Daily Kos
Political analysis and other daily rants on the state of the nation

Wednesday | January 22, 2003

Boxgate revealed

I'm a terrible blogger, **way** behind the curve. I mean, the story I'm discussing below was posted over five hours ago. Atrios tackled it four hours ago (or so). And the comment board denizens have been discussing it for at least several hours.

I mean, this news is so early afternoon. But what the heck. From the Reuters wire service:

Addressing employees at JS Logistics, a trucking and warehouse firm in St. Louis, Bush appealed to Congress to quickly pass his $674 billion tax cut package, including benefits for cash-strapped small businesses, "for the sake of economic vitality and growth."


Bush delivered his message in front of a fake wall of cardboard boxes stamped "Made in U.S.A." The real boxes, set to Bush's side, had their "Made in China" stamps blotted out.

The White House said it did not intend to cover up the markings on the boxes. "It appears it was an overzealous volunteer. We'll take it up with the appropriate channels," White House spokeswoman Claire Buchan said.

Not only is it significant that Reuters felt compelled to point to the sham boxes, but even more so that it did in the fourth graf of the piece. Previously, even mild criticism of the president was buried in the last graf of a news story. And for those of you unfamiliar with how wire journalism works, here's a quick primer:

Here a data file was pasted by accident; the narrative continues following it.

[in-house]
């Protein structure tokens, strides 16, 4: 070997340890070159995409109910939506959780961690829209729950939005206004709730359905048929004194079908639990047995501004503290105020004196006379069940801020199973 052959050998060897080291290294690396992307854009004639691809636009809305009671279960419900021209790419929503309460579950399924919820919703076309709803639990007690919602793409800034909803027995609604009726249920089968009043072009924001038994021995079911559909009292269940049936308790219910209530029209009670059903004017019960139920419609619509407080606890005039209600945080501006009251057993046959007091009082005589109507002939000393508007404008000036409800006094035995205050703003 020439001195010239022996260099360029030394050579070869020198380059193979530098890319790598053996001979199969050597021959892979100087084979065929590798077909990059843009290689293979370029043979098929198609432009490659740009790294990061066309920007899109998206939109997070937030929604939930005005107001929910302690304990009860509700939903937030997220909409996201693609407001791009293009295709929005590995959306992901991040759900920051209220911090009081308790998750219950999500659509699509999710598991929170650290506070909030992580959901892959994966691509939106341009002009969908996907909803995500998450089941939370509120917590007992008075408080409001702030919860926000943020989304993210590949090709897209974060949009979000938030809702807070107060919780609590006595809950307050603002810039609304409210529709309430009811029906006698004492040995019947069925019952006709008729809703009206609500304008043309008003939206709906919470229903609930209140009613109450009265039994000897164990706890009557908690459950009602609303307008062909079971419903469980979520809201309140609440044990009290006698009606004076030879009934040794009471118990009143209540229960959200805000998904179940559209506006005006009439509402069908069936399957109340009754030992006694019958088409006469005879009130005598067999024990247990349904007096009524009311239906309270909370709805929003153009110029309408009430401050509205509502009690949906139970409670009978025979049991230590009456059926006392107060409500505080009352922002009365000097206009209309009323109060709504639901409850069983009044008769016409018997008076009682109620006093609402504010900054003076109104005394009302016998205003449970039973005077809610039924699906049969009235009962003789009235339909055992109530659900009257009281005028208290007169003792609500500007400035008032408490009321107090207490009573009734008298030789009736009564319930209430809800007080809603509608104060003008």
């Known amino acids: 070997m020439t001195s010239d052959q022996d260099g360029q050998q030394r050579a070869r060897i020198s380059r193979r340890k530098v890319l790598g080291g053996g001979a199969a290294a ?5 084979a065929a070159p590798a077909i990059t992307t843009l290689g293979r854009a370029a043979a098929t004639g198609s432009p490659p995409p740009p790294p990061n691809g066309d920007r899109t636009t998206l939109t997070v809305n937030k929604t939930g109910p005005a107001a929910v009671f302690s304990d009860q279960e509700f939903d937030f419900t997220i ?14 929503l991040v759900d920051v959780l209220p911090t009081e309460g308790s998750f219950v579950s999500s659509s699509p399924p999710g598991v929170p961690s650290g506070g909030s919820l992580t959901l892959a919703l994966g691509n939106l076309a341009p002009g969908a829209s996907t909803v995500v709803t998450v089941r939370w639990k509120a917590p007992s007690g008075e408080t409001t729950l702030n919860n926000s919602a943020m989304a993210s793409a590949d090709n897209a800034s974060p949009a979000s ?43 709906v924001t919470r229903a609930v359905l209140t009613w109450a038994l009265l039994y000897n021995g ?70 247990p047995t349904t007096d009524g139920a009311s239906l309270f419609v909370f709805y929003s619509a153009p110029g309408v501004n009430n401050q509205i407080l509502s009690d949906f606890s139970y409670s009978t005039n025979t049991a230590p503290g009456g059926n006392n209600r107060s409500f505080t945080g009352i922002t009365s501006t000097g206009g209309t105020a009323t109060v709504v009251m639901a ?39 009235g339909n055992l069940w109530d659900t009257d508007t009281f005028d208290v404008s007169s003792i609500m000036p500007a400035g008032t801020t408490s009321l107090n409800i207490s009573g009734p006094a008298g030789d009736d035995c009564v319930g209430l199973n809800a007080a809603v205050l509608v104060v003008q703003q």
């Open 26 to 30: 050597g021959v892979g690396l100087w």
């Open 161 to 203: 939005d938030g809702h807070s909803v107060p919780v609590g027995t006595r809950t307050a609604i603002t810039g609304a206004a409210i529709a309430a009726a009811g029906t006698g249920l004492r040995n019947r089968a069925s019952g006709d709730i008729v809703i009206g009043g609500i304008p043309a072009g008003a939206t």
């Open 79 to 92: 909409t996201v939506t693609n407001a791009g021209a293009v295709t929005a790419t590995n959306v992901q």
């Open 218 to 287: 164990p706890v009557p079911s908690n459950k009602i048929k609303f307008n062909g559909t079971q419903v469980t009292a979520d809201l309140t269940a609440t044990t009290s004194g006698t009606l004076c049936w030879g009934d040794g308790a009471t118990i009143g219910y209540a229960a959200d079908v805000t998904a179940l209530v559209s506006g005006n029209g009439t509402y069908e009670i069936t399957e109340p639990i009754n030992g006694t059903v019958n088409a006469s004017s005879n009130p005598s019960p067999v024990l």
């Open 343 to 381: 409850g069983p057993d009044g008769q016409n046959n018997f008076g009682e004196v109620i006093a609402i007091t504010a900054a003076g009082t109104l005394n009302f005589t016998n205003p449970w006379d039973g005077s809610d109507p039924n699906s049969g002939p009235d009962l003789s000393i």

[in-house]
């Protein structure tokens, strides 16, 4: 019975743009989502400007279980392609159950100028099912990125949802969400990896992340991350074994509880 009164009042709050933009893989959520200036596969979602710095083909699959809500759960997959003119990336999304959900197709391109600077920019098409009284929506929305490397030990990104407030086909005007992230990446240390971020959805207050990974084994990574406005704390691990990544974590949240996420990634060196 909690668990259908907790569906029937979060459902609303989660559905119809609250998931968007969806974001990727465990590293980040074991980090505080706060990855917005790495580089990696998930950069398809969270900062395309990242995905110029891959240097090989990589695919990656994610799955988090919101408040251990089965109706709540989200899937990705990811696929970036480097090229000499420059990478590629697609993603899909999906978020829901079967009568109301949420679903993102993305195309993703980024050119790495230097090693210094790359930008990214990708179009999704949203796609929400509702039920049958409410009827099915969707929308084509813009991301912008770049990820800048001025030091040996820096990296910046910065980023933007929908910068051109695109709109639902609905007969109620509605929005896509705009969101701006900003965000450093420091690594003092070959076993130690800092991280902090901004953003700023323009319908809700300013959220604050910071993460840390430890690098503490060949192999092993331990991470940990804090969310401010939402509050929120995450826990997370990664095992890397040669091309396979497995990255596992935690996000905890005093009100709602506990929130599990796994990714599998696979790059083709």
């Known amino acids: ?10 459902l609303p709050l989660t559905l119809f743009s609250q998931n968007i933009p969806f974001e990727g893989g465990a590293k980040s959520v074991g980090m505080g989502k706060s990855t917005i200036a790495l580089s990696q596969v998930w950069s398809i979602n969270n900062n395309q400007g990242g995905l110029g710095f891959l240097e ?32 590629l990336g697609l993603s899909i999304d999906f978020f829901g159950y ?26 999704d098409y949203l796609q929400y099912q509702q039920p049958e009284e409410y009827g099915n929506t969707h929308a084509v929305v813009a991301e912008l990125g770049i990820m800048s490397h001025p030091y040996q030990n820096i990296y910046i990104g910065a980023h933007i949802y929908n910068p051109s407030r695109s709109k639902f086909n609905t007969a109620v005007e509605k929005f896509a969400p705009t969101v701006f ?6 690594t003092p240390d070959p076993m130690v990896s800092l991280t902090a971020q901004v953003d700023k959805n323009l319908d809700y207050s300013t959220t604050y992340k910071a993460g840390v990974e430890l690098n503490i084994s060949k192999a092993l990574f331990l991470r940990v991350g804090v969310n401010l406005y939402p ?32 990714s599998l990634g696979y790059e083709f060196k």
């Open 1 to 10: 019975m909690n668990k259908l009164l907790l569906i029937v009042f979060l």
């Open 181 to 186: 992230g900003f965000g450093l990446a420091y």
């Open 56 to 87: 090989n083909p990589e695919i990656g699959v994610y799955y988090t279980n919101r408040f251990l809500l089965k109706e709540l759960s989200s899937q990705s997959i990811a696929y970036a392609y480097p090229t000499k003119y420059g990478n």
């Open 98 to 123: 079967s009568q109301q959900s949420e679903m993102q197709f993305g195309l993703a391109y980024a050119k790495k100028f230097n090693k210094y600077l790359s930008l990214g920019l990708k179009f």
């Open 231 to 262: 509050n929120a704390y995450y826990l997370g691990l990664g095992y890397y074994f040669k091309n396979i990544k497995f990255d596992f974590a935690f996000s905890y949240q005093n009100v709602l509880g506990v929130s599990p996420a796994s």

News stories are generally written in the "inverted pyramid" style -- the most important stuff on top, and items of less importance (and most of the details) added below. Client newspapers will scan the Reuters (or AP) wires and select stories the editors finds of interest. Since newspapers have real space constraints, the wire story will simply be clipped from the bottom to fit the paper's space requirements.

If the negative stuff is at the bottom, it is likely to never see the light of day in any newspaper. With this particular story, however, an editor would have to have an ideological agenda to purge the "boxgate" content from the story. So in most papers, the tax-cut bashing quote from the "Center on Budget and Policy Priorities" will probably be cut, but not the hillarous box sham.

Can you all smell blood on the water? We're starting to get to the point where Bush can do no right. The "Bush is historically popular" storyline has run its course and is in its dying gasps. The "struggling Bush" storyline is starting to emerge, so watch journalists dig for any little thing that could further the new CW.

Pre-Lott, no story would've mentioned the "Made in China" boxes, but as I wrote earlier, it's a brand new political landscape.

Posted January 22, 2003 05:22 PM | Comments (60)


Bush Administration
Business and Economy
Foreign Policy

© 2002. Steal all you want.
(For non-commercial use, that is.)